A bill that proposes to add new state guidelines regarding religious clothing and grooming in prisons and jails, including what to do about headwear and beards, was assigned to the Senate Public Safety Committee over the weekend.
Senate Bill 309, authored by Senator Dave Cortese (D-San Jose) would specifically allow the right to exercise religious freedom, including accommodations for grooming and prescribed religious clothing and headwear, in prisons and jails in California. The bill would allow these rights to be denied only when it is the least restrictive means of achieving a compelling state interest in an immediate threat or specific demonstrable security risk to the facility, staff, or others in custody.
In addition, SB 309 would require a facility to accommodate these rights in specified ways, including, among others, by providing facility-issued religious garments or, if unavailable, allow the individual to retain their personal religious garment until a facility-issued garment becomes available. This would include garments such as hijabs, caps, yamakas, and turbans. The sheriff of each county or the administrator of each local detention facility will also have to develop and implement a policy following these requirements on or before January 1, 2025.
Senator Cortese wrote the bill due to the high number of incidents in California jails and prisons where religious clothing was forcibly removed or facial hair of religious significance was shaved for reasons ranging from wanting an unobstructed photo for files to concerns that weapons or other contraband could be hidden inside. Cortese also noted that it is also a matter of civil rights and religious freedom to not be impended from wearing clothing that is core to their beliefs.
“Incarcerated Californians maintain basic civil liberties while they serve their time,” said Senator Cortese earlier this month in a statement. “SB 309 would ensure that Muslims, Sikhs, Jews and other religious minorities should preserve their right to religious dress and practice without harm or disruption.
“It’s a fundamental tenet of many religions to wear certain garments. We believe it’s a matter of civil rights and religious freedom. Right now there’s no uniformity across the state. Of course you have to balance security concerns. We see this as an opportunity to export law enforcement best practices.”
Support for the bill accumulated quickly from both religious rights organizations and some correctional officers associations who both noted how critical freedom of religion is while incarcerated.
“At the heart of ensuring civil rights is recognizing a person’s humanity,” noted Council on American-Islamic Relations (CAIR) Policy and Government Affairs Manager Nazeehah Khan. “Whether you are Muslim, Christian, Jewish, Sikh, or a member of any other faith, the ability to practice your faith is essential to the rehabilitation process. We thank Senator Cortese for his leadership in recognizing the value of religious expression for all and we look forward to working with the Senator’s office to make this bill a reality in California.”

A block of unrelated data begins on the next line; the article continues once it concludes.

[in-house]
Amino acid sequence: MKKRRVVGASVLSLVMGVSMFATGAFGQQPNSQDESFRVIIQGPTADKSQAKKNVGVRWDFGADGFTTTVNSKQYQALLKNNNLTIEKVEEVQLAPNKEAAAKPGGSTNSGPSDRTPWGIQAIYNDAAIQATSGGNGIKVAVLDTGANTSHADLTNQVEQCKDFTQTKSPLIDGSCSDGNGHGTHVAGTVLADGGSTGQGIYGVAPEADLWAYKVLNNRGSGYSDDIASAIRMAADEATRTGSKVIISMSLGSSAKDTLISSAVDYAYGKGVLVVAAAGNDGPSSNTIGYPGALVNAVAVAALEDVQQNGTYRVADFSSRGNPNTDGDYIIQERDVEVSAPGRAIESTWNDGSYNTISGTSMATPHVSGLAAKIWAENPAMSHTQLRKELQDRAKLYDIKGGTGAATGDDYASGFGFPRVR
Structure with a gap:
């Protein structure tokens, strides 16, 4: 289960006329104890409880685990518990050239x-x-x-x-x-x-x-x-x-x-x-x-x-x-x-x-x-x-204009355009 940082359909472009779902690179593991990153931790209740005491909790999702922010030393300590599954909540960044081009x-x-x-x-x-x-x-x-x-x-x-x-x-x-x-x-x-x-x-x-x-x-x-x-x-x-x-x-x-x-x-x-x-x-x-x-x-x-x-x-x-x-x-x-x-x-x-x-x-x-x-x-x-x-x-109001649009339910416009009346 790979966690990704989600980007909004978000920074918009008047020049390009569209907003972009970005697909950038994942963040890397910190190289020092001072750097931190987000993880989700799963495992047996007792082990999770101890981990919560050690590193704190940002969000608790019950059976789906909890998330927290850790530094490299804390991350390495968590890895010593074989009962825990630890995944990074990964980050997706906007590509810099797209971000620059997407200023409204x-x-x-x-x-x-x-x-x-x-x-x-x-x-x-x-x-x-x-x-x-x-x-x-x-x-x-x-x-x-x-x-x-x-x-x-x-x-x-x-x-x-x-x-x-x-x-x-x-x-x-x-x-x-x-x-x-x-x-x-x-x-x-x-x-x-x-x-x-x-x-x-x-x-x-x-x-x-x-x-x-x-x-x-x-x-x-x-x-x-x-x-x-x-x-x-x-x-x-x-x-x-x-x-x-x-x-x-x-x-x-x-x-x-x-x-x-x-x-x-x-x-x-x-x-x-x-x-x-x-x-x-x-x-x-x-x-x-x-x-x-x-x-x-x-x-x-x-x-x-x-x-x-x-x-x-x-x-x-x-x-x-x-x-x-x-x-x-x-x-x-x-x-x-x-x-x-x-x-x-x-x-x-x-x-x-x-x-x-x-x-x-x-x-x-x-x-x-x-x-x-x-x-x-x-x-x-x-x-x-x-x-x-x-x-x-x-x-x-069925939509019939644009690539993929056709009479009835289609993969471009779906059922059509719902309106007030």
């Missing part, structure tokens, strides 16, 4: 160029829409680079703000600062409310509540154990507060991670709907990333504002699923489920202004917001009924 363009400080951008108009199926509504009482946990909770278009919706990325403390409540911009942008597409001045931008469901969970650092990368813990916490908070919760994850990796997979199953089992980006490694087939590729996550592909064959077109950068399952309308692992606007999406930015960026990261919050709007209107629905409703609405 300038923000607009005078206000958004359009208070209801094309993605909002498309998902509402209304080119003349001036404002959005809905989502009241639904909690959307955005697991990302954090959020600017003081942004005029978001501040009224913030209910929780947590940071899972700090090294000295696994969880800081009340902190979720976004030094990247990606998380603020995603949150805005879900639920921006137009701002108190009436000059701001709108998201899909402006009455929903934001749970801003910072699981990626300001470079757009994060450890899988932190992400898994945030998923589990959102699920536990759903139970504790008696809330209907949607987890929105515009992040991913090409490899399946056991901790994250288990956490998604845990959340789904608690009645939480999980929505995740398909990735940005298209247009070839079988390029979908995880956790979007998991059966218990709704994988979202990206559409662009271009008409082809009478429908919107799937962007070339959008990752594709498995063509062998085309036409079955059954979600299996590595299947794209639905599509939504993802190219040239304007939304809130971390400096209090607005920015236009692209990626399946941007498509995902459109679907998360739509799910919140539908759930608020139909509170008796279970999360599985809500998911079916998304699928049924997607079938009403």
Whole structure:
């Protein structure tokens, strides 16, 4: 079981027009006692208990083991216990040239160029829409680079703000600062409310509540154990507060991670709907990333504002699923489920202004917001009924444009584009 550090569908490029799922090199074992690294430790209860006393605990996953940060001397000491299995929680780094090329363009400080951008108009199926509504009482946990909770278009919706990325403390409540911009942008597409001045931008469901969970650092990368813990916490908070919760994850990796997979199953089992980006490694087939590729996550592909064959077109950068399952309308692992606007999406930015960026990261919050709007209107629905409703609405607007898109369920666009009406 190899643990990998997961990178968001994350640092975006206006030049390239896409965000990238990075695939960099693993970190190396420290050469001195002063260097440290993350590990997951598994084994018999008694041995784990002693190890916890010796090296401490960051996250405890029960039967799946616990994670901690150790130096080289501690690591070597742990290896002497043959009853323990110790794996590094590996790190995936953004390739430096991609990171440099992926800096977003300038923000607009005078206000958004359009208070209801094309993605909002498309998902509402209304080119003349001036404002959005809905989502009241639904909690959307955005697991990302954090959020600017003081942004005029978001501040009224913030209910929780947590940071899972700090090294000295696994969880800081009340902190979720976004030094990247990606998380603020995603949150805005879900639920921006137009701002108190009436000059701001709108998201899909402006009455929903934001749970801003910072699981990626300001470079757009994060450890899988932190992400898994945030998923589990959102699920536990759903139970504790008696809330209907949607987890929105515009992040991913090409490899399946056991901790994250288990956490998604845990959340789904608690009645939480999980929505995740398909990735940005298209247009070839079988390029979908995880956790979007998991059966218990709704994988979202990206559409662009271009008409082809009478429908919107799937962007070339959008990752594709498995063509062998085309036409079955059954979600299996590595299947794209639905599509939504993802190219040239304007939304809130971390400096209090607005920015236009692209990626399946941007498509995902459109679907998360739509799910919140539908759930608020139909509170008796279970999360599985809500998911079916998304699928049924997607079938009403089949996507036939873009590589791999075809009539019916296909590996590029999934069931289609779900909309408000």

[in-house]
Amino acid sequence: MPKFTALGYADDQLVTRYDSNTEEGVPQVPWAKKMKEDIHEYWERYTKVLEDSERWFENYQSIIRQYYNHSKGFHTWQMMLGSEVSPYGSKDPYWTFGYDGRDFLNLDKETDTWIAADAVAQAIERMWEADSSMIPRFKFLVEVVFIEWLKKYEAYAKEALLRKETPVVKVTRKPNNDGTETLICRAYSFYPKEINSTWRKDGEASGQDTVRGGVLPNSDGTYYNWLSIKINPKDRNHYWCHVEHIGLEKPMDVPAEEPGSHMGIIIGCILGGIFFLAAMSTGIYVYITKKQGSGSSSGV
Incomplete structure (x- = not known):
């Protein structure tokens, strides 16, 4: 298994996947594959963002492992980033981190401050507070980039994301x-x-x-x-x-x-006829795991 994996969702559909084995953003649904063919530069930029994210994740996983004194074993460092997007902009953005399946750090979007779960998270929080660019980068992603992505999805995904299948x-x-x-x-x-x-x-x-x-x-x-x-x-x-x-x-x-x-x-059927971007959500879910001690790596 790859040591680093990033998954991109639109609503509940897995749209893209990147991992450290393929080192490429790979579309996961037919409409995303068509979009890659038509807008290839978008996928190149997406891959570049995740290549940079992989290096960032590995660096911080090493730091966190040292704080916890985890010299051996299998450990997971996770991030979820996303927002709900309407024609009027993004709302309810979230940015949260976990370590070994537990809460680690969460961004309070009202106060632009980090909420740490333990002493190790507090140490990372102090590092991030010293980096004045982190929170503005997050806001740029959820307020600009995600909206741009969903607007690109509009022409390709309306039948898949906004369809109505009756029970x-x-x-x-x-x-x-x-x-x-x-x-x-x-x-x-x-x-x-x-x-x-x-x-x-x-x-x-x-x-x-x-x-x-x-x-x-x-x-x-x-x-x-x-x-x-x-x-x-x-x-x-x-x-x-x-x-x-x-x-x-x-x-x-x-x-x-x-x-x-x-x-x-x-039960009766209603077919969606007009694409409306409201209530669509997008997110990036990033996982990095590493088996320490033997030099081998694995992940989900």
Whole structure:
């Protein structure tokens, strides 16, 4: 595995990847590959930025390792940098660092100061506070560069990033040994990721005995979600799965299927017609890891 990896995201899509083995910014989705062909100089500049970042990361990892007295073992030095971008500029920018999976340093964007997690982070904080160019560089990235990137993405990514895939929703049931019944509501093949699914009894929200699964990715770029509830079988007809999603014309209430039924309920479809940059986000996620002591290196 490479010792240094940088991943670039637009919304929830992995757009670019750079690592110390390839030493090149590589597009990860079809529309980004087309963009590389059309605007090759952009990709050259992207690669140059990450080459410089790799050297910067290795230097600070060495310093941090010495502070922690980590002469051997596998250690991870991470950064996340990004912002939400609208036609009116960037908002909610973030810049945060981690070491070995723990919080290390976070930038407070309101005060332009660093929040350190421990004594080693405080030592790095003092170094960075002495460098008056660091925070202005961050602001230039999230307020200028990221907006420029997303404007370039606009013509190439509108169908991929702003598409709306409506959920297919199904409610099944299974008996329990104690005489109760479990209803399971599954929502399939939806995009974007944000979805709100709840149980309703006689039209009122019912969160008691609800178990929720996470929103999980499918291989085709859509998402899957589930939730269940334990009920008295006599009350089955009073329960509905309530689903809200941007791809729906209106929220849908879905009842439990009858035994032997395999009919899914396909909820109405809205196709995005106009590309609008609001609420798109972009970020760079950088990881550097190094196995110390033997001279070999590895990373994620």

Santa Clara County Correctional Peace Officers’ Association Vice President Antonio Cueva also added that “The Santa Clara County Correctional Peace Officers Association believes in the Constitution of the United States and its provisions which allows for freedom of religion, We stand with our CAIR friends to ensure those freedoms are guaranteed and protected.”
Issues over SB 309
However, many have either come out against SB 309 or demanded clarity within the bill for when more extreme measures would be needed.
“A lot of the incidents people are citing are decades old or only happened because no one had told staff of the religious significance of the headgear or what have you,” said Paul Schmidt, a former prison guard who now provides assistance to guards facing disciplinary action, to the Globe on Tuesday. “Where I worked, we generally allowed it but did checks like a quick pat to make sure they weren’t bringing anything in or hiding anything. We only found a small homemade knife once, but that one time just ruined it for everybody.”
“We understand, believe it or not, that these things are a part of peoples identities. We don’t ask people to cover up tattoos or remove bibles after all. It’s just that, sometimes, we need to do extra security work for it. But this bill really needs to clarify what ‘least restrictive means of achieving a compelling state interest in an immediate threat’ and ‘specific demonstrable security risk to the facility, staff, or others in custody’ specifically mean. For example, if one inmate has been found of smuggling something using an allowed piece of religious clothing, can we be allowed to remove it? Or, more commonly, can we have them remove it during pictures or processing? If they escape, we need clear pictures to help with getting them back, and one that is obstructed wouldn’t exactly be helpful. We just need some clarity here.”
“Religious rights are important, but we also have to remember that they are criminals, and if they’re imposing a threat, we need to do our jobs and prevent any incidents from happening. If that means removing a turban to try and find contraband or not allowing a woman to wear a hijab after she used it to hide a weapon, that should not be impeded in anyway. Those are extreme example, but relevant nonetheless.”
SB 309 is expected to be heard in the Senate Public Safety Committee soon.
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